We Hunt the Flame – Hafsah Faizal ⭐️⭐️⭐️⭐️⭐️

It has magic, mythology, unlikely love, sacrifice and empowerment.

People lived because she killed. People died because he lived.

Nobody knows that Zafira is the Hunter. Forced to disguise herself as a man, she braves the cursed forest to feed her people. If she is exposed as a girl, all of her achievements will be rejected.

Nasir is the infamous Prince of Death, assassinating those foolish enough to defy his autocratic father, the sultan. If he refuses he will be punished in the most brutal of ways.

Both are legends in the kingdom of Arawiya – but neither wants to be. And when Zafira embarks on a quest to restore magic to her suffering world, Nasir is sent by the sultan on a similar mission: retrieve magic and kill the hunter. But an ancient evil stirs as their journey unfolds, and the prize they seek may pose a threat greater than either can imagine . . .

Set in a richly detailed world inspired by ancient Arabia, Hafsah Faizal’s We Hunt the Flame – first in the Sands of Arawiya duology – is a breathtaking debut about discovery, conquering fear, and taking identity into your own hands.

Oh this book. I adored it.

The world building was wonderful, as such it took a little bit of time to get into. When I had my head around the location/dialect etc it was a breeze and quickly swept me away.

Zafira is our main lead in this story, living in a caliphate where deeds of women often go unnoticed. In this world where magic has vanished, a strange forest called the Arz sweeps ever closer to their home. Everyone who ventured into the Arz either come back mad or don’t come back at all, except for our main girl Zafira.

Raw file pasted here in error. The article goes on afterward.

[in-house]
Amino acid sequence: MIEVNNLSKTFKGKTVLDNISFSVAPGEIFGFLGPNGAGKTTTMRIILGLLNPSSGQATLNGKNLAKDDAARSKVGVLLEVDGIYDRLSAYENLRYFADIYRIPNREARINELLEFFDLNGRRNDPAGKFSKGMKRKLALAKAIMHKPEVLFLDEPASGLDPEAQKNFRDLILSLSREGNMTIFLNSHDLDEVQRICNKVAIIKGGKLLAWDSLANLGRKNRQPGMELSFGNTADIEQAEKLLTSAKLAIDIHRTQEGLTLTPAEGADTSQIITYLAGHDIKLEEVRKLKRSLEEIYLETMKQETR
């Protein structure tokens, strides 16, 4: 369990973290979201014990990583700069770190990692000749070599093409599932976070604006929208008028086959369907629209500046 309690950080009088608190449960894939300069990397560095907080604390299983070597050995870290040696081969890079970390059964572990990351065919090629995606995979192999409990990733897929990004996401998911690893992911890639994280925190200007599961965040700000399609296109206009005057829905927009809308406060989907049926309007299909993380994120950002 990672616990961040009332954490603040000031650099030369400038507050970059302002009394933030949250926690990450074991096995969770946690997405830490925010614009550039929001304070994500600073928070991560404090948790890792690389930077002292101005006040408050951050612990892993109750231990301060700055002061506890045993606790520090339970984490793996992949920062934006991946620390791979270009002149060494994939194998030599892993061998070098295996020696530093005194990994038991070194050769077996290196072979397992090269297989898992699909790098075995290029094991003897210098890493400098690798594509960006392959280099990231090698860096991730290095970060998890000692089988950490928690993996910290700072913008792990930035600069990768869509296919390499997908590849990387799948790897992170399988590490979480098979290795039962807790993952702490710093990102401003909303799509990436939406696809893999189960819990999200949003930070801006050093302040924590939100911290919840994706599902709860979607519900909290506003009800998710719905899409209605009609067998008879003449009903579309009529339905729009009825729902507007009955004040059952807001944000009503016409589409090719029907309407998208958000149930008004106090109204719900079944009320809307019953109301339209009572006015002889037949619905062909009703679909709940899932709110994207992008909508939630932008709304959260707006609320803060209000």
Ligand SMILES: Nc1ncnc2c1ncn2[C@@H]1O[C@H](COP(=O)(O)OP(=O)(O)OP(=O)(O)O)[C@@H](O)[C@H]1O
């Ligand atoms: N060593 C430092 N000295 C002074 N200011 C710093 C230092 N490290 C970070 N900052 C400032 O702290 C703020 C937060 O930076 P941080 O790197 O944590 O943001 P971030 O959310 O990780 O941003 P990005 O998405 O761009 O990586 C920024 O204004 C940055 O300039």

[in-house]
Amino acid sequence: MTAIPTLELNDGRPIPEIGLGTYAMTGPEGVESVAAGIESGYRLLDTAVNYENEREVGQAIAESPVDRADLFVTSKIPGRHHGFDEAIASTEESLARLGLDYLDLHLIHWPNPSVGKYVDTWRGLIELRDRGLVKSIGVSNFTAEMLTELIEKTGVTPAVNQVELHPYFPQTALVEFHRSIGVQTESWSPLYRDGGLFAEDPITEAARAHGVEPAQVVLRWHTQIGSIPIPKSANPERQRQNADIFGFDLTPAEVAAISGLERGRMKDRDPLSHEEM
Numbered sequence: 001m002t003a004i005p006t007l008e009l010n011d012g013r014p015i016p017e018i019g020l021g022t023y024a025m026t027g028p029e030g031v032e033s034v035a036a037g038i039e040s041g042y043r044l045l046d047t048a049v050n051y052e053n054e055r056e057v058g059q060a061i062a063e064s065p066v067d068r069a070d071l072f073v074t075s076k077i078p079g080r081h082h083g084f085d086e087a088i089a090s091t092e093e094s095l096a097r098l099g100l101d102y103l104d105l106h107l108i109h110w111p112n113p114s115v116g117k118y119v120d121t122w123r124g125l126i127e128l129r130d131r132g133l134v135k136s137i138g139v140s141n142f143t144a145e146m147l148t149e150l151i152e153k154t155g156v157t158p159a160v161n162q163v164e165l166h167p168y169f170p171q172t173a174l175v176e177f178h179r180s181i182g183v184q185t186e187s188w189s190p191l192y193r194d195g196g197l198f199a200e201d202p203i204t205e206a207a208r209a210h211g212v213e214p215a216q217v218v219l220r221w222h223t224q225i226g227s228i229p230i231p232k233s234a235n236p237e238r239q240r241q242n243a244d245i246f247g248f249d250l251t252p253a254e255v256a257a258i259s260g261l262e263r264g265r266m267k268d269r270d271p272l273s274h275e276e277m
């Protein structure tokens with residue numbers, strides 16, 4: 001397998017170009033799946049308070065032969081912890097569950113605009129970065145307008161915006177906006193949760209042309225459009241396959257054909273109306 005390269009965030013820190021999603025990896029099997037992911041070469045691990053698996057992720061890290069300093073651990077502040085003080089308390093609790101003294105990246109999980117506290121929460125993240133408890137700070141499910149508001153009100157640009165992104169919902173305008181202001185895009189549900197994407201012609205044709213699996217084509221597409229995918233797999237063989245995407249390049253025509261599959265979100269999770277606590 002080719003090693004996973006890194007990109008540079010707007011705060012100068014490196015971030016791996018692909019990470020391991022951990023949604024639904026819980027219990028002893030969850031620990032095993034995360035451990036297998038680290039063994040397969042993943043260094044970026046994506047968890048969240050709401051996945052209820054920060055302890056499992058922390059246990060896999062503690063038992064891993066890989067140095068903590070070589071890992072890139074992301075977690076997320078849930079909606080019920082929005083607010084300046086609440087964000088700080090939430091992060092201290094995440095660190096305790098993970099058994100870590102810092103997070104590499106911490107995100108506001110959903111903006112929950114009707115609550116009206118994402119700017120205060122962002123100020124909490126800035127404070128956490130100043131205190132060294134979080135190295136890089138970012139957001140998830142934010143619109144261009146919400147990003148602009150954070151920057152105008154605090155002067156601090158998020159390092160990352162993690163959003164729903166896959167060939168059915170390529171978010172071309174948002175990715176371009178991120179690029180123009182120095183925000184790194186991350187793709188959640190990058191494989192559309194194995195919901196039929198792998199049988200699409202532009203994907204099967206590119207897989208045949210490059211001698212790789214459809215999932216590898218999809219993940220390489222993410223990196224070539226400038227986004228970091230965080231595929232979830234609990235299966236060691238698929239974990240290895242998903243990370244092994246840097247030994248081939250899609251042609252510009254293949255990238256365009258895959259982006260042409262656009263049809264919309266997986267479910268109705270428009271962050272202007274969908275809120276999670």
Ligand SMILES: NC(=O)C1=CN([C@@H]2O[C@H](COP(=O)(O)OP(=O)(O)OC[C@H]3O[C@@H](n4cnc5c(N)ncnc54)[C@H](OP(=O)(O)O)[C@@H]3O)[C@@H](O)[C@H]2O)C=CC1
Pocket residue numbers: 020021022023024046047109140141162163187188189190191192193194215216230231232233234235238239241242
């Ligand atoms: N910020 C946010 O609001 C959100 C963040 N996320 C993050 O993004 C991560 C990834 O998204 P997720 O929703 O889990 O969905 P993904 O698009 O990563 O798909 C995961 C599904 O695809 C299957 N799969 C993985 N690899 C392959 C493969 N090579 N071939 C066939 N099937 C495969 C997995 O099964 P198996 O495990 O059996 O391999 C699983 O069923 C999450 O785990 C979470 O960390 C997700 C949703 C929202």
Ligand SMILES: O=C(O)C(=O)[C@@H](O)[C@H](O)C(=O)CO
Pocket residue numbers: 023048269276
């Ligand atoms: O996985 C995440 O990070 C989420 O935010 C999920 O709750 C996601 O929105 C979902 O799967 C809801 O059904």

With this gift of passing unharmed into the Arz, Zafira dons the mask of the ‘hunter’ and hunts to feed the people of her village.

This story also runs alongside another, Prince Nasir’s. Nasir is also an assassin who does his fathers bidding, he’s sent after the ‘Hunter’ to kill him. He’s a troubled man who has embraced the darkness and yearns for his fathers approval.

Our two characters meet through the machinations of ‘the silver witch’ a woman who has somehow kept her powers despite magic fleeing the land. They are tasked with finding a book which is the key to bringing back magic to the whole word.

From there they must battle the horrors of the Sharr, overcome their own demons and find camaraderie with unlikely companions.

This story, while a little similar to the likes of the Daevabad trilogy and Rebel of the Sands, it holds it own. It has magic, mythology, unlikely love, sacrifice and empowerment.

Overall it really is a breathtaking world to read and be a part of. Hafsah has nailed this book and brought characters that seemed unredeemable at the start but over time, discover that while there’s darkness, it doesn’t exist without the light.

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